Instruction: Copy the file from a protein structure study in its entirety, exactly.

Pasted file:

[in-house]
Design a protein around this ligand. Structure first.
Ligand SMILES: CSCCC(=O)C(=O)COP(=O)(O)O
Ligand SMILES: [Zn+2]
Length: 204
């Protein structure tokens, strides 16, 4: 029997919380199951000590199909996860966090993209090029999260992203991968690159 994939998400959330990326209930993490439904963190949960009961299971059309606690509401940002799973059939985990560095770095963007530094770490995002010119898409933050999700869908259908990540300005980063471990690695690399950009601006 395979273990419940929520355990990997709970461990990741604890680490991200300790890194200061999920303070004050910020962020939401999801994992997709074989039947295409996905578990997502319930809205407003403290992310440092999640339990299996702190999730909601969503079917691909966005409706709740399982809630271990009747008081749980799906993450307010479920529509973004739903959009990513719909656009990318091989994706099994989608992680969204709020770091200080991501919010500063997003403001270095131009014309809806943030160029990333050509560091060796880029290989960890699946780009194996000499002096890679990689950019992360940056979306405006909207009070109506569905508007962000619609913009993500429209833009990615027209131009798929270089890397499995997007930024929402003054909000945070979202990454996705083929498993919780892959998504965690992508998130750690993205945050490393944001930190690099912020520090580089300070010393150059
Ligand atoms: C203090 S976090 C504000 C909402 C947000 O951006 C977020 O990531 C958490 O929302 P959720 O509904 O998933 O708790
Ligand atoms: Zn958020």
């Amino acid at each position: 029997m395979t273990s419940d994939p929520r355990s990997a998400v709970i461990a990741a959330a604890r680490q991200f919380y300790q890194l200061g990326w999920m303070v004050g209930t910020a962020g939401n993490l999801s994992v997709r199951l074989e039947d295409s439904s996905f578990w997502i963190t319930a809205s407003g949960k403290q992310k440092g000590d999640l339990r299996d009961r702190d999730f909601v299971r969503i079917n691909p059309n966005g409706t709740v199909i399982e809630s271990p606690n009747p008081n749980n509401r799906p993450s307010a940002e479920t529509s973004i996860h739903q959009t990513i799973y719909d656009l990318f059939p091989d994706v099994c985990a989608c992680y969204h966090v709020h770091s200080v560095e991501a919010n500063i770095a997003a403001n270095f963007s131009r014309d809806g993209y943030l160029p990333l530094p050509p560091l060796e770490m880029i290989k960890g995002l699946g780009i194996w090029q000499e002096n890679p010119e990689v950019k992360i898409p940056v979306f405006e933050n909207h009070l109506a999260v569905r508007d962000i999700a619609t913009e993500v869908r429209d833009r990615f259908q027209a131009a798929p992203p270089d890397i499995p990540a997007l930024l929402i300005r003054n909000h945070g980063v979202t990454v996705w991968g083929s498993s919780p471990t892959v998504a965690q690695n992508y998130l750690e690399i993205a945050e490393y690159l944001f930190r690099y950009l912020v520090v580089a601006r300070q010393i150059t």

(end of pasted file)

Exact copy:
[in-house]
Design a protein around this ligand. Structure first.
Ligand SMILES: CSCCC(=O)C(=O)COP(=O)(O)O
Ligand SMILES: [Zn+2]
Length: 204
């Protein structure tokens, strides 16, 4: 029997919380199951000590199909996860966090993209090029999260992203991968690159 994939998400959330990326209930993490439904963190949960009961299971059309606690509401940002799973059939985990560095770095963007530094770490995002010119898409933050999700869908259908990540300005980063471990690695690399950009601006 395979273990419940929520355990990997709970461990990741604890680490991200300790890194200061999920303070004050910020962020939401999801994992997709074989039947295409996905578990997502319930809205407003403290992310440092999640339990299996702190999730909601969503079917691909966005409706709740399982809630271990009747008081749980799906993450307010479920529509973004739903959009990513719909656009990318091989994706099994989608992680969204709020770091200080991501919010500063997003403001270095131009014309809806943030160029990333050509560091060796880029290989960890699946780009194996000499002096890679990689950019992360940056979306405006909207009070109506569905508007962000619609913009993500429209833009990615027209131009798929270089890397499995997007930024929402003054909000945070979202990454996705083929498993919780892959998504965690992508998130750690993205945050490393944001930190690099912020520090580089300070010393150059
Ligand atoms: C203090 S976090 C504000 C909402 C947000 O951006 C977020 O990531 C958490 O929302 P959720 O509904 O998933 O708790
Ligand atoms: Zn958020």
């Amino acid at each position: 029997m395979t273990s419940d994939p929520r355990s990997a998400v709970i461990a990741a959330a604890r680490q991200f919380y300790q890194l200061g990326w999920m303070v004050g209930t910020a962020g939401n993490l999801s994992v997709r199951l074989e039947d295409s439904s996905f578990w997502i963190t319930a809205s407003g949960k403290q992310k440092g000590d999640l339990r299996d009961r702190d999730f909601v299971r969503i079917n691909p059309n966005g409706t709740v199909i399982e809630s271990p606690n009747p008081n749980n509401r799906p993450s307010a940002e479920t529509s973004i996860h739903q959009t990513i799973y719909d656009l990318f059939p091989d994706v099994c985990a989608c992680y969204h966090v709020h770091s200080v560095e991501a919010n500063i770095a997003a403001n270095f963007s131009r014309d809806g993209y943030l160029p990333l530094p050509p560091l060796e770490m880029i290989k960890g995002l699946g780009i194996w090029q000499e002096n890679p010119e990689v950019k992360i898409p940056v979306f405006e933050n909207h009070l109506a999260v569905r508007d962000i999700a619609t913009e993500v869908r429209d833009r990615f259908q027209a131009a798929p992203p270089d890397i499995p990540a997007l930024l929402i300005r003054n909000h945070g980063v979202t990454v996705w991968g083929s498993s919780p471990t892959v998504a965690q690695n992508y998130l750690e690399i993205a945050e490393y690159l944001f930190r690099y950009l912020v520090v580089a601006r300070q010393i150059t």